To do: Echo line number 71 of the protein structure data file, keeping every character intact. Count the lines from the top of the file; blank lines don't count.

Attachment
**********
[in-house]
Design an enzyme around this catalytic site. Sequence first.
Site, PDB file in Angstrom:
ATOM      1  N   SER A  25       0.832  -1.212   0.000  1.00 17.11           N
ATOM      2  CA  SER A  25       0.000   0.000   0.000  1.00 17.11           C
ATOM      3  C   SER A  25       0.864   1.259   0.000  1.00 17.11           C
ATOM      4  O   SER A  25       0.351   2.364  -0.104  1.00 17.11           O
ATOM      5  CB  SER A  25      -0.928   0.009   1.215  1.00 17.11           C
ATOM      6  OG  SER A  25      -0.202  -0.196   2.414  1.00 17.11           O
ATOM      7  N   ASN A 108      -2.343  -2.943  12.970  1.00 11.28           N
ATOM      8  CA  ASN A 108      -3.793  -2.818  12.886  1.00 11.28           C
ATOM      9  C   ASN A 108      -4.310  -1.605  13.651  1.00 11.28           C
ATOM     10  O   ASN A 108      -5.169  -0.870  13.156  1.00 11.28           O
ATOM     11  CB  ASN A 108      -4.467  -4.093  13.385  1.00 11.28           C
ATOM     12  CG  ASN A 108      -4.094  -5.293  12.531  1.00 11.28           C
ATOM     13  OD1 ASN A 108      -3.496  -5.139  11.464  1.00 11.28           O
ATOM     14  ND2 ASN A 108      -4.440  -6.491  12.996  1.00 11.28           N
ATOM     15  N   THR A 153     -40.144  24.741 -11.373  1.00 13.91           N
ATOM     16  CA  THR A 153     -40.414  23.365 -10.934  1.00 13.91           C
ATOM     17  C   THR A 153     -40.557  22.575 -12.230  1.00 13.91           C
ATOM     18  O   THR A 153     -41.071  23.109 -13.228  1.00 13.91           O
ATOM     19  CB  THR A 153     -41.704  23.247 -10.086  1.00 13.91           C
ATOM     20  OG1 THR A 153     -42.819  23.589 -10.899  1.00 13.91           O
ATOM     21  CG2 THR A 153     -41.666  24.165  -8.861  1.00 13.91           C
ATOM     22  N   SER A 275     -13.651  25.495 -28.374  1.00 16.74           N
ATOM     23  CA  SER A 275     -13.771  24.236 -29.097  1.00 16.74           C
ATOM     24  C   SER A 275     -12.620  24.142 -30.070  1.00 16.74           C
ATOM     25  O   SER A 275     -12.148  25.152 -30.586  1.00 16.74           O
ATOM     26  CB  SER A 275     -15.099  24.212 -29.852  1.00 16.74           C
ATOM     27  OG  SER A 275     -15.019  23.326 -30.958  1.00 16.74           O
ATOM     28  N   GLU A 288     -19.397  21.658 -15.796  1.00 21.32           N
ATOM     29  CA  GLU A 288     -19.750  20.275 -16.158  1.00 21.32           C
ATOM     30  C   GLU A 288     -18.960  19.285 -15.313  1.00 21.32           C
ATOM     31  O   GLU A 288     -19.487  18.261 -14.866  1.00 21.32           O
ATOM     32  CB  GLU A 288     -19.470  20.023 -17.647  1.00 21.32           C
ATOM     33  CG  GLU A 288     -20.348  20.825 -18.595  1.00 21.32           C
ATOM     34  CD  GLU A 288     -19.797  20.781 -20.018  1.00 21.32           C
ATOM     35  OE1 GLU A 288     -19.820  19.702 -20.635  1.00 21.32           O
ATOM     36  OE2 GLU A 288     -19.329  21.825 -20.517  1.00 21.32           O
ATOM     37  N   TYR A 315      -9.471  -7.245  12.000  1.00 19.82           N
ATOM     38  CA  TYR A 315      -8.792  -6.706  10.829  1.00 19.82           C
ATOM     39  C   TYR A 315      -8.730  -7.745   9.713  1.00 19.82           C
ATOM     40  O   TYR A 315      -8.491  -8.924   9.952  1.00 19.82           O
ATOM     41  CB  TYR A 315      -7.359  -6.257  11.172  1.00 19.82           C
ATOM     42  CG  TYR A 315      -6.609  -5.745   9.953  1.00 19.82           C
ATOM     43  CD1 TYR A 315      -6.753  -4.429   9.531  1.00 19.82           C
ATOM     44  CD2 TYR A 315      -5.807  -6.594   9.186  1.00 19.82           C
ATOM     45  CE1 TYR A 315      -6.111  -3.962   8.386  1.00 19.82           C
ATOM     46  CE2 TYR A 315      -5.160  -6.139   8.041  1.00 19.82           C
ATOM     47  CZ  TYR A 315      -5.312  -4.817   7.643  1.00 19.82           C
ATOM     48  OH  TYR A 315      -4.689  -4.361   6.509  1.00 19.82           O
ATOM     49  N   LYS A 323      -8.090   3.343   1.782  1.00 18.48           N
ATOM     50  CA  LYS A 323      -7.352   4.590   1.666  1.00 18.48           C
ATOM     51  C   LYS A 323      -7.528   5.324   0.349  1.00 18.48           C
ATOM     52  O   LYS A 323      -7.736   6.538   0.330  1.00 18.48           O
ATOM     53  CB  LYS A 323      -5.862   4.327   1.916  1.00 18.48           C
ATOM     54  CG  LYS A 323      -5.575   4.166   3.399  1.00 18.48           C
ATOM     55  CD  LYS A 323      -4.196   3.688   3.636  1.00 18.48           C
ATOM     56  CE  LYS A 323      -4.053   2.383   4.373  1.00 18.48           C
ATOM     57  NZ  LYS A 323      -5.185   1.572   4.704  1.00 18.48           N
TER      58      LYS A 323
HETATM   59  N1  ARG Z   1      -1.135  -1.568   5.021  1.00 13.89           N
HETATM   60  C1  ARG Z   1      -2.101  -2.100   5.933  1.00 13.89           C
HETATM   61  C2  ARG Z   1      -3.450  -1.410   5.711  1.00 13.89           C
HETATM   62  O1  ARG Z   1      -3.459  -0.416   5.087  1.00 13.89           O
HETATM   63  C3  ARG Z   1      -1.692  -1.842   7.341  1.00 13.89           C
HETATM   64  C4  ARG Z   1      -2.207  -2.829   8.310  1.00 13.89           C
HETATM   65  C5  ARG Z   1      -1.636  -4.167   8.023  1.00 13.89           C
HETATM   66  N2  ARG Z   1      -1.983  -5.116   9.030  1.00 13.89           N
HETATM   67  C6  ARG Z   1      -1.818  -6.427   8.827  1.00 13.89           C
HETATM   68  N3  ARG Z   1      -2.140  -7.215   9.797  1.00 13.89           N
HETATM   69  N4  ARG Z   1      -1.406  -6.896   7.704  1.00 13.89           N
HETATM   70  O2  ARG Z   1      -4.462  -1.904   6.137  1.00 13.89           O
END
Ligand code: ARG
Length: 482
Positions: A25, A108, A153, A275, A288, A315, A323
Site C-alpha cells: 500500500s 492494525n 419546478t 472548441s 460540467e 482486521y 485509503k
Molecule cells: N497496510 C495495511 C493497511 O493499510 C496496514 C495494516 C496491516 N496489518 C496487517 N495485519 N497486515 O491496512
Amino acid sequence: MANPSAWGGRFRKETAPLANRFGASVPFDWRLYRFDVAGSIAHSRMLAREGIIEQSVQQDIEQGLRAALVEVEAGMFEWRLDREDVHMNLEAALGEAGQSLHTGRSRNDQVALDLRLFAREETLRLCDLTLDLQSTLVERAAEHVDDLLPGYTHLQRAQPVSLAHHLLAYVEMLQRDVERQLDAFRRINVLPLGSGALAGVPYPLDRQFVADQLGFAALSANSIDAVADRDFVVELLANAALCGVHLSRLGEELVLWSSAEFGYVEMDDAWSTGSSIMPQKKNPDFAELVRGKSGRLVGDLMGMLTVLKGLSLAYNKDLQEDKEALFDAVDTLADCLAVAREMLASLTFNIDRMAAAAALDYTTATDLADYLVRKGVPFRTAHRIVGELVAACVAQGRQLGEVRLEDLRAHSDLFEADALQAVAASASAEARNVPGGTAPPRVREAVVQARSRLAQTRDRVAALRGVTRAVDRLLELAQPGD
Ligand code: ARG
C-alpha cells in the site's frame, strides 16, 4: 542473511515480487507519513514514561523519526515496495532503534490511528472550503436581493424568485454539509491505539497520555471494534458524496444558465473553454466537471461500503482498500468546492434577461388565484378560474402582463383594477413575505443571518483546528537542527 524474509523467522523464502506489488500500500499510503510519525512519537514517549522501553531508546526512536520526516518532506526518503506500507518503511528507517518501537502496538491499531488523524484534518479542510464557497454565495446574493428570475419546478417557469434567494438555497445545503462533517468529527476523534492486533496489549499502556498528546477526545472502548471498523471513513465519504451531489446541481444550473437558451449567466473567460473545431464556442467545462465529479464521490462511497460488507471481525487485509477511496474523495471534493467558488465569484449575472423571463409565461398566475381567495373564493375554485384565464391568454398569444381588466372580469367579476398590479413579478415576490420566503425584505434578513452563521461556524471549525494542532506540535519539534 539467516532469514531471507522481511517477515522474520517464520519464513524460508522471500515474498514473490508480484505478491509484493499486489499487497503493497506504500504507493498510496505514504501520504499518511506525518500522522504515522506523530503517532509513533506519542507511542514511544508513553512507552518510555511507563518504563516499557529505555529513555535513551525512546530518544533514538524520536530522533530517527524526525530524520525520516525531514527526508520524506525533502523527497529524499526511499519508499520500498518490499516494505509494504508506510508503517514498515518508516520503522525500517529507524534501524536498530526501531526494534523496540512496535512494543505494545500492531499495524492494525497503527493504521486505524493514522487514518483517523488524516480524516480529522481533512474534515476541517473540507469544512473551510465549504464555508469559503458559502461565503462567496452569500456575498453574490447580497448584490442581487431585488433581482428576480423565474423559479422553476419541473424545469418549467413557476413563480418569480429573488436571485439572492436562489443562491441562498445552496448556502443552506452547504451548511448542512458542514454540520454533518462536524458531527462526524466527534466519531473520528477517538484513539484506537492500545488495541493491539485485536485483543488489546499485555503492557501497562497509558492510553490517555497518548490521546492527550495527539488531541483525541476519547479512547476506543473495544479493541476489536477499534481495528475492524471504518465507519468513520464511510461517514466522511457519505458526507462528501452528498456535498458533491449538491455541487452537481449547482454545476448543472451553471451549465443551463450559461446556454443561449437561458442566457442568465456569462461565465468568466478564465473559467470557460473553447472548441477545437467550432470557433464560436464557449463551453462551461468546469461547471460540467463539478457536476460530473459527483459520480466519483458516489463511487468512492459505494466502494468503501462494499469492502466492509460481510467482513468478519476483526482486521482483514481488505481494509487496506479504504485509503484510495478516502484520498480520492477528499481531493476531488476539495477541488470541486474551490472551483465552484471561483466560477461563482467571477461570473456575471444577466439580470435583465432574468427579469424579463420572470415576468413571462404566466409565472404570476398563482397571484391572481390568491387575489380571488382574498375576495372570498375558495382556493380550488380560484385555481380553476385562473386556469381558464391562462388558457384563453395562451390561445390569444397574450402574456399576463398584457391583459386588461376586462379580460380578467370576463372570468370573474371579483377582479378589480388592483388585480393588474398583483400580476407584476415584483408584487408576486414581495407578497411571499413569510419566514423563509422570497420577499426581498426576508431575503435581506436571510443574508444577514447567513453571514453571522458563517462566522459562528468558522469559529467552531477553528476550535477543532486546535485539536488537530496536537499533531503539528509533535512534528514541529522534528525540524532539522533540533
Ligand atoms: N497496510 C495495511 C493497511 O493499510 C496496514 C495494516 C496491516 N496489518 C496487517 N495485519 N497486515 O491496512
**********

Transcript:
HETATM   68  N3  ARG Z   1      -2.140  -7.215   9.797  1.00 13.89           N